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Who should not use Butrans?

People with significant respiratory depression (breathing problems, such as those caused by chronic obstructive pulmonary disease, or COPD) should not use Butrans (buprenorphine), a weekly skin patch that delivers a synthetic opiate narcotic to treat chronic pain. That's because opioids such as Butrans depress the central nervous system, slowing breathing, so people who already have breathing problems may be at high risk if they take it. For similar reasons, people with severe asthma should not use Butrans.

People suspected of having paralytic ileus, a form of intestinal blockage, should also steer clear of Butrans, which can sometimes cause paralytic ileus as a side effect. People with Long QT syndrome, a heart condition, should not take Butrans either.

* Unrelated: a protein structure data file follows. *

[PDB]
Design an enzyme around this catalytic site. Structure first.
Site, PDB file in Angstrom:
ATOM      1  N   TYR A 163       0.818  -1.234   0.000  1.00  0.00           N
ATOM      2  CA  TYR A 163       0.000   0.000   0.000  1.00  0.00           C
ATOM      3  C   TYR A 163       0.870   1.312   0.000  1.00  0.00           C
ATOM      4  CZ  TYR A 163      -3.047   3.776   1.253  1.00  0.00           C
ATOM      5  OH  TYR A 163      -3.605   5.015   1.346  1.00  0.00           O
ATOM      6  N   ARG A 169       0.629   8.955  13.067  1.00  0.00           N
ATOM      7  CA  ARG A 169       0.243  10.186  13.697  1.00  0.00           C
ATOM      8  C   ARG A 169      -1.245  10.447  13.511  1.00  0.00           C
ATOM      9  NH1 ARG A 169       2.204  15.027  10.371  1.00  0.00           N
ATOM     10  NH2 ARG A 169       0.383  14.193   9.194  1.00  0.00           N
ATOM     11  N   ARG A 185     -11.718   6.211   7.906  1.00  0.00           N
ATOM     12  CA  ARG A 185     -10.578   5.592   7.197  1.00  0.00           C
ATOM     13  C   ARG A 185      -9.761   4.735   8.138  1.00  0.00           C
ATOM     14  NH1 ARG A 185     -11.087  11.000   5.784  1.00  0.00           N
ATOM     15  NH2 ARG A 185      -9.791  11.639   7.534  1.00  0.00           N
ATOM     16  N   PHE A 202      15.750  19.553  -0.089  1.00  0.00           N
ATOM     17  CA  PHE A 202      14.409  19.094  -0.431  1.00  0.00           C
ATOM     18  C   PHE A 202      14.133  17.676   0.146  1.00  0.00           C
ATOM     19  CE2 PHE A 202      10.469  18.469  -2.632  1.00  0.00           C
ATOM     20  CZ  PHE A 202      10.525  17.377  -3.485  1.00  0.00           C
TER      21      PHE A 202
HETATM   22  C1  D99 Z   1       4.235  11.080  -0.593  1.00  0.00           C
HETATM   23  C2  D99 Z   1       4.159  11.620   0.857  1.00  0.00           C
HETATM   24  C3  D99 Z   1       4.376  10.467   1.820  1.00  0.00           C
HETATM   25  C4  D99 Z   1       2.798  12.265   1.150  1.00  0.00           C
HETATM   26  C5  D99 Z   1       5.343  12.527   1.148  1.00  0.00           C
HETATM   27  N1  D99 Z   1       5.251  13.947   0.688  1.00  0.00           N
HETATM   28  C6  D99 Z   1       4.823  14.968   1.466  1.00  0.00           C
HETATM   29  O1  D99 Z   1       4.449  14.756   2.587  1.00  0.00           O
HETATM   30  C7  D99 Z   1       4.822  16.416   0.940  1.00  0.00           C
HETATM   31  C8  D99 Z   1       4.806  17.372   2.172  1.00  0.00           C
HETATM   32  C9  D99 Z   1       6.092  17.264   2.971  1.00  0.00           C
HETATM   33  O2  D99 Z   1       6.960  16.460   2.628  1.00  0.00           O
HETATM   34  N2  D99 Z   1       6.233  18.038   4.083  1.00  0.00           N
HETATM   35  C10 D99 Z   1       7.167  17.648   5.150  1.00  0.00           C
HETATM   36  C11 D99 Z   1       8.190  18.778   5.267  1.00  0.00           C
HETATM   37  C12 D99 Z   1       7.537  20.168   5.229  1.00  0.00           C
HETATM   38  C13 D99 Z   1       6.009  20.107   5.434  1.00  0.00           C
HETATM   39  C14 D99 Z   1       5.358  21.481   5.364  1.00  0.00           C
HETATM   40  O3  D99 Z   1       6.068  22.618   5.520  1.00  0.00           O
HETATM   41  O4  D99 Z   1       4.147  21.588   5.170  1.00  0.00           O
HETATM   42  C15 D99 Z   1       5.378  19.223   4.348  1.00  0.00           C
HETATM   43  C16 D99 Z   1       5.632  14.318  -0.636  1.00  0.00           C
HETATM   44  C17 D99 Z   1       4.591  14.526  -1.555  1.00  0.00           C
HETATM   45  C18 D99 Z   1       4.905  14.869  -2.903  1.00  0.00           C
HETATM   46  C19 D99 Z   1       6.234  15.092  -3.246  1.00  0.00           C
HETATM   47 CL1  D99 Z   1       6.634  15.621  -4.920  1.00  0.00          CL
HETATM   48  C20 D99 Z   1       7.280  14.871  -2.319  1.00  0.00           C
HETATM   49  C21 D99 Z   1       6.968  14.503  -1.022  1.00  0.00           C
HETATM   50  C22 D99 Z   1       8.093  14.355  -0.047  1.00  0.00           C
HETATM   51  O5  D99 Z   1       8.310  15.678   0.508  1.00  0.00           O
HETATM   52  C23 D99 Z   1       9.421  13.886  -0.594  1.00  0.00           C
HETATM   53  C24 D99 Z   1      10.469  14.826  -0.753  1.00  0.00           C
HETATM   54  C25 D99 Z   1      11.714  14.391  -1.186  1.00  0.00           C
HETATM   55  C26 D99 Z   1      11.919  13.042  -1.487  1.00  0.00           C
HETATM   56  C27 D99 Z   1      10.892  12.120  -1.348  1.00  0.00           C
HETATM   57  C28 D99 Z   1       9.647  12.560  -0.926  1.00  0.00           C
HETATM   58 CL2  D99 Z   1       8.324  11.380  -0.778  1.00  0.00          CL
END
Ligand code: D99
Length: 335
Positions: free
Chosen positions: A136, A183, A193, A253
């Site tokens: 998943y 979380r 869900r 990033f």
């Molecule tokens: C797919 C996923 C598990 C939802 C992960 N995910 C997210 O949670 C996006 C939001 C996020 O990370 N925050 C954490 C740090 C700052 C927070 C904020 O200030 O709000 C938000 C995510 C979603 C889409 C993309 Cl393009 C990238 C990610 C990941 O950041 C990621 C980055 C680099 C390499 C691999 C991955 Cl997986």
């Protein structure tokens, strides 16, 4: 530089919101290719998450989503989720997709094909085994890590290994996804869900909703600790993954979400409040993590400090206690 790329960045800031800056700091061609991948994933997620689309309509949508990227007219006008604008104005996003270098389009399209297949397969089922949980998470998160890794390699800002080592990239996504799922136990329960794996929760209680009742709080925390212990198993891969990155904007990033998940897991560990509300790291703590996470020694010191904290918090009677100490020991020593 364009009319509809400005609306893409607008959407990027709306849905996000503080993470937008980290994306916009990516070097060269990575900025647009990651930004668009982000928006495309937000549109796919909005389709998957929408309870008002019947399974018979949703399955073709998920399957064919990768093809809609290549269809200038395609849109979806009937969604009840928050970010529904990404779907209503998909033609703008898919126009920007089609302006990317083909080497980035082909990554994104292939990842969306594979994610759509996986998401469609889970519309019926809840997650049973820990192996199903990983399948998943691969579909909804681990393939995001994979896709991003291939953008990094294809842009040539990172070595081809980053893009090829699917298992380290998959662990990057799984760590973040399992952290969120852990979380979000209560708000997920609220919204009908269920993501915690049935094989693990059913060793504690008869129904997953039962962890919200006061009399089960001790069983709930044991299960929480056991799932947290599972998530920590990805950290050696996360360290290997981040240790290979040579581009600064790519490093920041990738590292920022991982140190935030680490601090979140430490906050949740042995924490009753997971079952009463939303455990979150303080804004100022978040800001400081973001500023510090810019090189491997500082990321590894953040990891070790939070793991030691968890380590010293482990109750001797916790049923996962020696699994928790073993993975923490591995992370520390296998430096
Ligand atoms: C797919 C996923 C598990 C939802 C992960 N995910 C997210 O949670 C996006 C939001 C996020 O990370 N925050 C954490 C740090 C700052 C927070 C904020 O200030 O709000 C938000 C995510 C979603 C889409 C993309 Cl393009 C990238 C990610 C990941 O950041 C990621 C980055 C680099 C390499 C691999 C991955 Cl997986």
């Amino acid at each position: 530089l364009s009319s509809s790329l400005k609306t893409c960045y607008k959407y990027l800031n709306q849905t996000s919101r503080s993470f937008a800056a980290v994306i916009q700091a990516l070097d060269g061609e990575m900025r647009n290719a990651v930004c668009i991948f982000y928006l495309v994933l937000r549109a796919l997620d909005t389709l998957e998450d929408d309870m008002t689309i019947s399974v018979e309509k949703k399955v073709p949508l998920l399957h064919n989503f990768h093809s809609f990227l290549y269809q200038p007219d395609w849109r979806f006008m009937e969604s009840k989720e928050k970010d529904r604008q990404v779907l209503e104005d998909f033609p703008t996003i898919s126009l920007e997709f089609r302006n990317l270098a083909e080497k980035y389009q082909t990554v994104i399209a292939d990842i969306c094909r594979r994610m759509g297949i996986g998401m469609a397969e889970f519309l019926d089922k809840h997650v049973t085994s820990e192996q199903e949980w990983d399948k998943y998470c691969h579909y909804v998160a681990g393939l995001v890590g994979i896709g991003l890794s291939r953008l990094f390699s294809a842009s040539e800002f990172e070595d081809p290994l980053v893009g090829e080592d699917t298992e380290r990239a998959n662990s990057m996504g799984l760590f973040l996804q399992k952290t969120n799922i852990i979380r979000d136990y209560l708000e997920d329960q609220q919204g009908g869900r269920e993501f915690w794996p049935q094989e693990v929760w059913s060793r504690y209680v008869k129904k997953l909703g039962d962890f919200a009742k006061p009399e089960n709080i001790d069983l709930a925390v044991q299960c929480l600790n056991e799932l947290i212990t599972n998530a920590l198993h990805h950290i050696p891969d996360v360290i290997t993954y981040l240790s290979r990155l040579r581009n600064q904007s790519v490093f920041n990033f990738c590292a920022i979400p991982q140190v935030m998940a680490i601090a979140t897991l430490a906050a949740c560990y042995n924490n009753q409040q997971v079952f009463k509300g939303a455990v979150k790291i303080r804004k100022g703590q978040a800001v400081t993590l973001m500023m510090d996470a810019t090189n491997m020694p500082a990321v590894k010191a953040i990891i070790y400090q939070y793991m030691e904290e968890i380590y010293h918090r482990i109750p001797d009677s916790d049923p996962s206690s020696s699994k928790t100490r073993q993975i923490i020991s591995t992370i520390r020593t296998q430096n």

Butrans is a patch that you wear for a week at a time, so it's not appropriate for people who need short-term acute pain relief or people who are getting outpatient or day surgery. It's not the right medication for the management of mild pain or pain that comes and goes (intermittent pain). If you have questions about whether Butrans is right for you, talk to your doctor.

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Important: This content reflects information from various individuals and organizations and may offer alternative or opposing points of view. It should not be used for medical advice, diagnosis or treatment. As always, you should consult with your healthcare provider about your specific health needs.